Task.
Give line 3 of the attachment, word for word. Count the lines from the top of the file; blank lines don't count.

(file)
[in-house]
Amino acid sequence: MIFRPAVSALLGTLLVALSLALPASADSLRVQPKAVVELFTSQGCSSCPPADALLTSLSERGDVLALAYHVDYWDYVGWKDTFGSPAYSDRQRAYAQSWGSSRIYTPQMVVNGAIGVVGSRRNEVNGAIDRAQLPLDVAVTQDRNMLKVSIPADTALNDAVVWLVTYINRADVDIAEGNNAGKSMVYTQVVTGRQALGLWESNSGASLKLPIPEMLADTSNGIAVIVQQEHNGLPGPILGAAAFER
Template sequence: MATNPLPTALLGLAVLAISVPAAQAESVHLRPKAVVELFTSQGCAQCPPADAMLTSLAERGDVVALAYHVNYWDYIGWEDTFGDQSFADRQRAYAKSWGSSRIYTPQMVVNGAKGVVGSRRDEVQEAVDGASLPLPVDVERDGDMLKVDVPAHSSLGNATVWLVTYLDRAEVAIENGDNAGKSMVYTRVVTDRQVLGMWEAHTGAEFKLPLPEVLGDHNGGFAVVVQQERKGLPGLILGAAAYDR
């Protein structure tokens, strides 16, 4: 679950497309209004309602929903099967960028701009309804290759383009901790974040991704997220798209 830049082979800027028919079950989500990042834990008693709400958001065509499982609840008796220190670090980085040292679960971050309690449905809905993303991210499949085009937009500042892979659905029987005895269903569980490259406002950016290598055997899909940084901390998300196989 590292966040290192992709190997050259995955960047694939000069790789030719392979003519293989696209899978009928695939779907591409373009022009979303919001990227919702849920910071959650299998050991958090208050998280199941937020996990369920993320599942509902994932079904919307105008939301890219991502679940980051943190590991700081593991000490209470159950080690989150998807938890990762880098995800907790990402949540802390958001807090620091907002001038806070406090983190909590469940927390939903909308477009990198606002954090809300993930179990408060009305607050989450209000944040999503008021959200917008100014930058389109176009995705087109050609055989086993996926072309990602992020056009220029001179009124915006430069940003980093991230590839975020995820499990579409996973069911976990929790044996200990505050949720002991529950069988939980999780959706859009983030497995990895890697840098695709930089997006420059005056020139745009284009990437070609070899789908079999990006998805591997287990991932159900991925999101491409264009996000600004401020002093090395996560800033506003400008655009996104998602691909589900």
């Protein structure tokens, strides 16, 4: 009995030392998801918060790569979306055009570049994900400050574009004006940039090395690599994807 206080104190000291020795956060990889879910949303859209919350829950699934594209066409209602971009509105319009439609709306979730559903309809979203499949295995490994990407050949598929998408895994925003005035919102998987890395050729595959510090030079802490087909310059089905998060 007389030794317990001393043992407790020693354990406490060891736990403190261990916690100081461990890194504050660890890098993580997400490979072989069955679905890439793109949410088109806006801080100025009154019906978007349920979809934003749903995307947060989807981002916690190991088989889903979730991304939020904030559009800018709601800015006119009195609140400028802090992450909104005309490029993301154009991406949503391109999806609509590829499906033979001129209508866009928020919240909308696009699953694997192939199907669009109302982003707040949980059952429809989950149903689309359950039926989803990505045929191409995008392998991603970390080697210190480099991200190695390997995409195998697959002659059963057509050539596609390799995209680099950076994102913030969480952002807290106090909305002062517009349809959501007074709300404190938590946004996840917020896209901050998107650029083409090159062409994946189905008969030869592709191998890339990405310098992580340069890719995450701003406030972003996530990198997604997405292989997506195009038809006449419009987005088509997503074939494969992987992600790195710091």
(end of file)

Template sequence: MATNPLPTALLGLAVLAISVPAAQAESVHLRPKAVVELFTSQGCAQCPPADAMLTSLAERGDVVALAYHVNYWDYIGWEDTFGDQSFADRQRAYAKSWGSSRIYTPQMVVNGAKGVVGSRRDEVQEAVDGASLPLPVDVERDGDMLKVDVPAHSSLGNATVWLVTYLDRAEVAIENGDNAGKSMVYTRVVTDRQVLGMWEAHTGAEFKLPLPEVLGDHNGGFAVVVQQERKGLPGLILGAAAYDR